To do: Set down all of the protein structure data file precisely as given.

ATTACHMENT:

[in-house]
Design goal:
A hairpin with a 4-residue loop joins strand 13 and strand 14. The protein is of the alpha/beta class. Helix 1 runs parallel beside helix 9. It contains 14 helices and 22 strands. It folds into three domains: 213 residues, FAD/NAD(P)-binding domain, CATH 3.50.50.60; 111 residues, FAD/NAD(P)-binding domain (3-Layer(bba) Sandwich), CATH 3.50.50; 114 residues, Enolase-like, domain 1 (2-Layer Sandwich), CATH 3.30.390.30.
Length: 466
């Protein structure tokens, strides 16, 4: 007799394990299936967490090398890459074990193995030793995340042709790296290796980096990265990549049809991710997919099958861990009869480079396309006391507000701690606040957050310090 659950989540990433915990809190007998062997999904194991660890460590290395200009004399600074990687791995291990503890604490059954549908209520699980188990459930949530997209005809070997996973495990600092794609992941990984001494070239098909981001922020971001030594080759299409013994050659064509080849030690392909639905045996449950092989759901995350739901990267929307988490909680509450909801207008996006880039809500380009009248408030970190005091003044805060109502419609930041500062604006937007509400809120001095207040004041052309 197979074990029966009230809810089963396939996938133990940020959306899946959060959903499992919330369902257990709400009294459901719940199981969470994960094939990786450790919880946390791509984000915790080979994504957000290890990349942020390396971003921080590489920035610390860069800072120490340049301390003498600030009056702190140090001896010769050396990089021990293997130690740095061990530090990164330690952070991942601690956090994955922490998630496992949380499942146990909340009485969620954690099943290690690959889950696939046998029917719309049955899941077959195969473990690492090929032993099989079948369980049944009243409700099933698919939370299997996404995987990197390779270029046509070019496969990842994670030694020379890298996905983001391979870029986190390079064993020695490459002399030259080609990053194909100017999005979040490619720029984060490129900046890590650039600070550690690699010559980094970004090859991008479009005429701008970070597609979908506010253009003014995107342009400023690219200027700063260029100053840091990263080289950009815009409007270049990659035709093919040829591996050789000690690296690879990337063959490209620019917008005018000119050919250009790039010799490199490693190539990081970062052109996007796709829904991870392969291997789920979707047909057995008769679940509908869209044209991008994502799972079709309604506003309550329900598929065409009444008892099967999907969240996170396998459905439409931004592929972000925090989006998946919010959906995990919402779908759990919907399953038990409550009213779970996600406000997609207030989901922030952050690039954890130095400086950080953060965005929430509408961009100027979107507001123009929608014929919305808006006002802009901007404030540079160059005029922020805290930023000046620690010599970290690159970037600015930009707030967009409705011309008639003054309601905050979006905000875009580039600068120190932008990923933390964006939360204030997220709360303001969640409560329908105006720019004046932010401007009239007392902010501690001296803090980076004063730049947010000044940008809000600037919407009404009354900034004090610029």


[in-house]
Design goal:
A hairpin with a 4-residue loop joins strand 13 and strand 14. The protein is of the alpha/beta class. Helix 1 runs parallel beside helix 9. It contains 14 helices and 22 strands. It folds into three domains: 213 residues, FAD/NAD(P)-binding domain, CATH 3.50.50.60; 111 residues, FAD/NAD(P)-binding domain (3-Layer(bba) Sandwich), CATH 3.50.50; 114 residues, Enolase-like, domain 1 (2-Layer Sandwich), CATH 3.30.390.30.
Length: 466
């Protein structure tokens, strides 16, 4: 007799394990299936967490090398890459074990193995030793995340042709790296290796980096990265990549049809991710997919099958861990009869480079396309006391507000701690606040957050310090 659950989540990433915990809190007998062997999904194991660890460590290395200009004399600074990687791995291990503890604490059954549908209520699980188990459930949530997209005809070997996973495990600092794609992941990984001494070239098909981001922020971001030594080759299409013994050659064509080849030690392909639905045996449950092989759901995350739901990267929307988490909680509450909801207008996006880039809500380009009248408030970190005091003044805060109502419609930041500062604006937007509400809120001095207040004041052309 197979074990029966009230809810089963396939996938133990940020959306899946959060959903499992919330369902257990709400009294459901719940199981969470994960094939990786450790919880946390791509984000915790080979994504957000290890990349942020390396971003921080590489920035610390860069800072120490340049301390003498600030009056702190140090001896010769050396990089021990293997130690740095061990530090990164330690952070991942601690956090994955922490998630496992949380499942146990909340009485969620954690099943290690690959889950696939046998029917719309049955899941077959195969473990690492090929032993099989079948369980049944009243409700099933698919939370299997996404995987990197390779270029046509070019496969990842994670030694020379890298996905983001391979870029986190390079064993020695490459002399030259080609990053194909100017999005979040490619720029984060490129900046890590650039600070550690690699010559980094970004090859991008479009005429701008970070597609979908506010253009003014995107342009400023690219200027700063260029100053840091990263080289950009815009409007270049990659035709093919040829591996050789000690690296690879990337063959490209620019917008005018000119050919250009790039010799490199490693190539990081970062052109996007796709829904991870392969291997789920979707047909057995008769679940509908869209044209991008994502799972079709309604506003309550329900598929065409009444008892099967999907969240996170396998459905439409931004592929972000925090989006998946919010959906995990919402779908759990919907399953038990409550009213779970996600406000997609207030989901922030952050690039954890130095400086950080953060965005929430509408961009100027979107507001123009929608014929919305808006006002802009901007404030540079160059005029922020805290930023000046620690010599970290690159970037600015930009707030967009409705011309008639003054309601905050979006905000875009580039600068120190932008990923933390964006939360204030997220709360303001969640409560329908105006720019004046932010401007009239007392902010501690001296803090980076004063730049947010000044940008809000600037919407009404009354900034004090610029």